WAYNESBORO, Pa. —Franklin County, Pa., legislators say Gov. Tom Corbett’s budget address Tuesday will be different than those in recent years, in part because they expect public welfare and education funding won’t be considered as sacred.
The budget address from Harrisburg, Pa., will be Corbett’s first since being elected and the first from a Republican governor since 2002. Little information has been released about Corbett’s proposals as the state faces a $4 billion shortfall.
“Everyone is pretty tight-lipped about what is going to happen,” said state Rep. Todd Rock, R-Franklin.
State Rep. Rob Kauffman, R-Franklin/Cumberland, said the state budget is often viewed in three parts — public welfare, education and others.
From remarks by Corbett and Charles Zogby, the governor’s top budget adviser, Kauffman said he expects the core functions of state government will be preserved. Among those would be serving vulnerable people like those with intellectual disabilities.
Kauffman said he’s certain Corbett, Zogby and leaders in the administration are “looking for strategic cuts in that one-third of ‘other’” category. He said to anticipate all state-funding entities will face cuts, whereas organizations like public libraries and the agriculture department were hit harder in recent years.
“This is a time when you are going to see truly equal pain across the board,” Kauffman said.
“There are going to be massive cuts proposed,” said state Sen. Richard Alloway, R-Franklin/Adams/York.
With welfare fraud discovered in recent audits, Alloway said hefty welfare cuts are expected through reform. He also said the nominee for state corrections secretary — Chambersburg, Pa., resident John Wetzel — is working to identify savings in the corrections system.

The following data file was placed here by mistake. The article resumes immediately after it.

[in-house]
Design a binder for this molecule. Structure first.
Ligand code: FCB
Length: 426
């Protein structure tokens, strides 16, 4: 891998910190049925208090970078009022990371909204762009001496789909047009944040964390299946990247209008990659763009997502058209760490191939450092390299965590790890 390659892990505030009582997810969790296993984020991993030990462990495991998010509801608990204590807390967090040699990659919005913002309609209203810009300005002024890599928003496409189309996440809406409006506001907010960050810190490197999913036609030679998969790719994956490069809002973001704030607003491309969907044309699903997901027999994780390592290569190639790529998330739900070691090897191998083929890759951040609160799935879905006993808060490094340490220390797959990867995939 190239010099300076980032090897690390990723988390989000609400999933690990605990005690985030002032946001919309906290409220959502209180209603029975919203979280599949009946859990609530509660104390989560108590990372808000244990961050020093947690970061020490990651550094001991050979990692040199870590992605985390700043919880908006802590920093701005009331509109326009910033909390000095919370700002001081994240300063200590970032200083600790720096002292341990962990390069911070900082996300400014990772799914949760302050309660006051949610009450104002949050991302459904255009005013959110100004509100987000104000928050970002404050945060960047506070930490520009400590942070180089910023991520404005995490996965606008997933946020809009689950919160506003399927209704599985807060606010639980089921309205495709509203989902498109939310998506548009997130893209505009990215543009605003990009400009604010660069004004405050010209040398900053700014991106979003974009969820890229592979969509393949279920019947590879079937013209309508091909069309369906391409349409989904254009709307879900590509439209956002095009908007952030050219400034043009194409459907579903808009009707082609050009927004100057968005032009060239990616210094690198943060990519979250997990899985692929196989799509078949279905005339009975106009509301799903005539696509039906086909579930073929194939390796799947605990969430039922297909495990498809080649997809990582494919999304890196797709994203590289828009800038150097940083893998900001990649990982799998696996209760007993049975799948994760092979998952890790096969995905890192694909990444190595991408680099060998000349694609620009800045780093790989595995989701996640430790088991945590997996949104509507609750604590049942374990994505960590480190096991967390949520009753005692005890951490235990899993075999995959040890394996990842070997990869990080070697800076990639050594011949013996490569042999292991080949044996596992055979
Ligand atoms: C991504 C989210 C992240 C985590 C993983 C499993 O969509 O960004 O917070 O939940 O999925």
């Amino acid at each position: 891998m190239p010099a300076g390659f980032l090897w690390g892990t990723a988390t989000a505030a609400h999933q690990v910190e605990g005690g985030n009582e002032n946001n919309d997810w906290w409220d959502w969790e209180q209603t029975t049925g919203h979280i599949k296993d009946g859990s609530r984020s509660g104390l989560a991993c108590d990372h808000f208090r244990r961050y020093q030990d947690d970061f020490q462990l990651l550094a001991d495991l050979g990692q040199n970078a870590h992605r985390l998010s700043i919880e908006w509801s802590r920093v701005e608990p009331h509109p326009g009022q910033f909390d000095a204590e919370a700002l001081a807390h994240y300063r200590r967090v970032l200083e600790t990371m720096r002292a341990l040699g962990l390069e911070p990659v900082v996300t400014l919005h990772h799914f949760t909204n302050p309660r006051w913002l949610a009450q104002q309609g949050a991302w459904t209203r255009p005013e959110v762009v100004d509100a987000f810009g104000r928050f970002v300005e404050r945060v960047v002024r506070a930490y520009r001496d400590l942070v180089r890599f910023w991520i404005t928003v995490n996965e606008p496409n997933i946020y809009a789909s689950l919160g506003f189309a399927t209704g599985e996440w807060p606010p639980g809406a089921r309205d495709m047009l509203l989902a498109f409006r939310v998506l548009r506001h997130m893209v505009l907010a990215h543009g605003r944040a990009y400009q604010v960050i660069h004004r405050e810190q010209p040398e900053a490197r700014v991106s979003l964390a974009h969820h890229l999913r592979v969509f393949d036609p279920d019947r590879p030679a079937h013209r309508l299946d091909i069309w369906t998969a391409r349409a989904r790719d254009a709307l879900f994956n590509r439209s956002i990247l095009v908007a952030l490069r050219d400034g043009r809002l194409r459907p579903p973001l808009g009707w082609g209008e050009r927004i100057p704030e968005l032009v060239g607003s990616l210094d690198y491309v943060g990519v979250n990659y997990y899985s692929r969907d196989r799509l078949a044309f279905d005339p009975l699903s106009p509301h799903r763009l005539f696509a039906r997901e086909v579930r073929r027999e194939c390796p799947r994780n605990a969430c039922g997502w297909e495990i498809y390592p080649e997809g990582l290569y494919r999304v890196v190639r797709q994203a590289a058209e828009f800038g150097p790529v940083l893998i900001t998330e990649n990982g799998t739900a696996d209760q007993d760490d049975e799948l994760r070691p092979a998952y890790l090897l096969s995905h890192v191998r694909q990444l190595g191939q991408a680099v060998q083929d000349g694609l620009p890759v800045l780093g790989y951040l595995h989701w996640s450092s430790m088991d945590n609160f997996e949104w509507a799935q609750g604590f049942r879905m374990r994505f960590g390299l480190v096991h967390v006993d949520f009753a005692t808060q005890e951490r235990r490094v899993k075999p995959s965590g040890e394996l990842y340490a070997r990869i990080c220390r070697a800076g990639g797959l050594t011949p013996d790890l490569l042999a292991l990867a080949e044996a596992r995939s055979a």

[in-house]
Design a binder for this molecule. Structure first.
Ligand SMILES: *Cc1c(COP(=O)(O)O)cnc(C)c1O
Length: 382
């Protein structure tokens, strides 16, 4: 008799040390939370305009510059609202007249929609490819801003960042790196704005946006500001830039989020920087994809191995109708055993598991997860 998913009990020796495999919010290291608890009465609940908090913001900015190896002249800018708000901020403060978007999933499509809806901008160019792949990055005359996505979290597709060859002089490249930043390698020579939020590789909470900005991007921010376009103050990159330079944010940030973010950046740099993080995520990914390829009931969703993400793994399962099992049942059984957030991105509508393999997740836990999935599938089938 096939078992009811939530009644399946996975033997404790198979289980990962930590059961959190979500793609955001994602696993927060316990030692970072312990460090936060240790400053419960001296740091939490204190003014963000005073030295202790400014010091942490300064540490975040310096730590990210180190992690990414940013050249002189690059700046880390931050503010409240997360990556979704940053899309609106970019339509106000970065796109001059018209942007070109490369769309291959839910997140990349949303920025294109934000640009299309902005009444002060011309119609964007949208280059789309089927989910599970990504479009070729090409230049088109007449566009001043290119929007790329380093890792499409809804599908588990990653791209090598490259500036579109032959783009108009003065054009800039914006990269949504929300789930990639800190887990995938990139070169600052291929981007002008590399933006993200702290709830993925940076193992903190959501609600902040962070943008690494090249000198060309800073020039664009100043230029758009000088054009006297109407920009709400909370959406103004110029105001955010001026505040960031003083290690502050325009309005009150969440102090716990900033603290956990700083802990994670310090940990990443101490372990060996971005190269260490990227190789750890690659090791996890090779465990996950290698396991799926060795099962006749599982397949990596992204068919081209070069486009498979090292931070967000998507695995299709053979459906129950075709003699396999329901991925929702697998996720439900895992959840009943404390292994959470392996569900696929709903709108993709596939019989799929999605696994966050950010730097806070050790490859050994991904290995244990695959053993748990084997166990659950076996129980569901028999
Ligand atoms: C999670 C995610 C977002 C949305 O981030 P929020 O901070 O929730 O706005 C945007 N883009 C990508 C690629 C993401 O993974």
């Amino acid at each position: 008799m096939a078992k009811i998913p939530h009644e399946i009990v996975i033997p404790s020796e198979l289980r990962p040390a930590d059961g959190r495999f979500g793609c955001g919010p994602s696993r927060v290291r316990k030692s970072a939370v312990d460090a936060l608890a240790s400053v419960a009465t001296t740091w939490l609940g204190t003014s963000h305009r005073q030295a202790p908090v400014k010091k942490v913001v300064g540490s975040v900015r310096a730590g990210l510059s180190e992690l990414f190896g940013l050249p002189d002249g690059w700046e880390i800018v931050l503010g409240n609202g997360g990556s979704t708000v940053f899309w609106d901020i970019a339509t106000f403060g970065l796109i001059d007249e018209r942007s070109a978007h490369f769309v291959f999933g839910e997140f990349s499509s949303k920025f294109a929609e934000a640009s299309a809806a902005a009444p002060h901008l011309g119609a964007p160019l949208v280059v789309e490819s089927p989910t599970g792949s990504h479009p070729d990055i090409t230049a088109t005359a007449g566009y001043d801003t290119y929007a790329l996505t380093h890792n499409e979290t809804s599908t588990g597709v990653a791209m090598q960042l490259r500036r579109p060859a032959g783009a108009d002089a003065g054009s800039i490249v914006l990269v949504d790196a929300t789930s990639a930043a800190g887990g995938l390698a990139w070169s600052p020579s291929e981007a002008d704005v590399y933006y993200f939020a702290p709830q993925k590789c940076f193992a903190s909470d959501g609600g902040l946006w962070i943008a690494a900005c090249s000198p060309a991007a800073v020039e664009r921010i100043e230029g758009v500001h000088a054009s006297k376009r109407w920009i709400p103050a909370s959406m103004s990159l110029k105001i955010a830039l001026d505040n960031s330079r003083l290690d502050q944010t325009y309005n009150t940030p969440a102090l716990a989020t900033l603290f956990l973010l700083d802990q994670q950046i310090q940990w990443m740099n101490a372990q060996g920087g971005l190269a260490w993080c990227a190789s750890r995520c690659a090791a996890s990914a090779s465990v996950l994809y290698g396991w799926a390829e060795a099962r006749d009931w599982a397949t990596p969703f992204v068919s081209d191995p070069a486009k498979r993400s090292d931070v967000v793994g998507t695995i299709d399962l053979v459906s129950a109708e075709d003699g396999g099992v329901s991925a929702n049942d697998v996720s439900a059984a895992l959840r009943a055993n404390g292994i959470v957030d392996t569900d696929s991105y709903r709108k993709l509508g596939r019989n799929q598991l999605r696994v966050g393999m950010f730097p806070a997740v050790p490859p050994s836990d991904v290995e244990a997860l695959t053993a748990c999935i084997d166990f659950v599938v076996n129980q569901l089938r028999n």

“Before we get to education, I’d like to hear something about welfare and prison reform,” Alloway said.
The Franklin County legislators said education subsidies to the state’s 500 school districts could be diminished because of expiring stimulus funding.
“I doubt the commonwealth is going to be able to find the funds to backfill what were federal stimulus funds,” Kauffman said.
Kauffman, first elected in 2004, described the $4 billion shortfall as a “structural deficit” created by failure to trim when revenues fell off a couple years ago. He said one-time funds were used to fill the gap previously.
With the GOP in control of both chambers of the General Assembly, the Franklin County lawmakers said the Republican governor’s proposals might not meet much resistance aired publicly.
Although Kauffman thinks some Republican members might complain behind the scenes about their pet projects being slashed, he said last year’s elections energized the party’s membership in the legislature.
“We believe there is a mandate on us to tighten things up ... (and) do exactly what the people at home are doing with their own personal budgets,” Kauffman said.
“Our leadership is saying a month early we’ll have the budget done, May 30. I think the thinking is the cuts are so big, there’s not a lot of room to negotiate,” Rock said.